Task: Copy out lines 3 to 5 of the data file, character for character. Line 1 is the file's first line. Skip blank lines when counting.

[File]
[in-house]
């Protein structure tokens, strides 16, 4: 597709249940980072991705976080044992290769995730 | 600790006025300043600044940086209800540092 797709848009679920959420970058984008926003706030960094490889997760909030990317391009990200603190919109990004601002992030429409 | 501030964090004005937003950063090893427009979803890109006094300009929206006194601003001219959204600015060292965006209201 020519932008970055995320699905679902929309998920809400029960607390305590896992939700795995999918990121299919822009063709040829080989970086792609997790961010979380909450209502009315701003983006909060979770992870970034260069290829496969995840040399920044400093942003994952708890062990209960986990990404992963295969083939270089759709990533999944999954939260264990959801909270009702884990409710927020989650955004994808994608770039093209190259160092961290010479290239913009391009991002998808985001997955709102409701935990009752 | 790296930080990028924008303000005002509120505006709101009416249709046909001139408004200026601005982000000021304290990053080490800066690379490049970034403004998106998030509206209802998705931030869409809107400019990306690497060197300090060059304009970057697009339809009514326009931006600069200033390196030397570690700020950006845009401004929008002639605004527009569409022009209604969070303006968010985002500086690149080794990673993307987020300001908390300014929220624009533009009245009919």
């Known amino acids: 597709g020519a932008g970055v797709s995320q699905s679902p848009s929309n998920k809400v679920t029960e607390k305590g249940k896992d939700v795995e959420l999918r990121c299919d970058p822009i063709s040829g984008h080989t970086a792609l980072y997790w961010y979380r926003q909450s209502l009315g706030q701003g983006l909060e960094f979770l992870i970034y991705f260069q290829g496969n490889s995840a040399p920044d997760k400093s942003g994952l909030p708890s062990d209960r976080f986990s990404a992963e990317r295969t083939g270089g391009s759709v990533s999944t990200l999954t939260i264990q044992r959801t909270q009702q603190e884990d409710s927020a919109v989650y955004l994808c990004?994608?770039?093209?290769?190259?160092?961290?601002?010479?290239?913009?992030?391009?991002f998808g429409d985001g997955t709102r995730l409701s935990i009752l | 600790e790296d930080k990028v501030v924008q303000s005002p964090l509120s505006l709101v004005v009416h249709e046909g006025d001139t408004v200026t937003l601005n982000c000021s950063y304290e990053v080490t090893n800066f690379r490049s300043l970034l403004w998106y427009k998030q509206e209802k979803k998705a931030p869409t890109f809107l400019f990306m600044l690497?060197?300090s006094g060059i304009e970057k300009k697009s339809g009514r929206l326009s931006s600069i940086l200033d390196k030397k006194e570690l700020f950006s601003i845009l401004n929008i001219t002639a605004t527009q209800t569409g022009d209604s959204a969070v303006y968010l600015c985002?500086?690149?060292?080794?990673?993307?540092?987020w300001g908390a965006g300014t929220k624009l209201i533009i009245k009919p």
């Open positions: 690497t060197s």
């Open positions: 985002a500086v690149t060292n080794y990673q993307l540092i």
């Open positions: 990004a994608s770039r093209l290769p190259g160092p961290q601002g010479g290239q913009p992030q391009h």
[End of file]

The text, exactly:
């Known amino acids: 597709g020519a932008g970055v797709s995320q699905s679902p848009s929309n998920k809400v679920t029960e607390k305590g249940k896992d939700v795995e959420l999918r990121c299919d970058p822009i063709s040829g984008h080989t970086a792609l980072y997790w961010y979380r926003q909450s209502l009315g706030q701003g983006l909060e960094f979770l992870i970034y991705f260069q290829g496969n490889s995840a040399p920044d997760k400093s942003g994952l909030p708890s062990d209960r976080f986990s990404a992963e990317r295969t083939g270089g391009s759709v990533s999944t990200l999954t939260i264990q044992r959801t909270q009702q603190e884990d409710s927020a919109v989650y955004l994808c990004?994608?770039?093209?290769?190259?160092?961290?601002?010479?290239?913009?992030?391009?991002f998808g429409d985001g997955t709102r995730l409701s935990i009752l | 600790e790296d930080k990028v501030v924008q303000s005002p964090l509120s505006l709101v004005v009416h249709e046909g006025d001139t408004v200026t937003l601005n982000c000021s950063y304290e990053v080490t090893n800066f690379r490049s300043l970034l403004w998106y427009k998030q509206e209802k979803k998705a931030p869409t890109f809107l400019f990306m600044l690497?060197?300090s006094g060059i304009e970057k300009k697009s339809g009514r929206l326009s931006s600069i940086l200033d390196k030397k006194e570690l700020f950006s601003i845009l401004n929008i001219t002639a605004t527009q209800t569409g022009d209604s959204a969070v303006y968010l600015c985002?500086?690149?060292?080794?990673?993307?540092?987020w300001g908390a965006g300014t929220k624009l209201i533009i009245k009919p």
């Open positions: 690497t060197s």
């Open positions: 985002a500086v690149t060292n080794y990673q993307l540092i």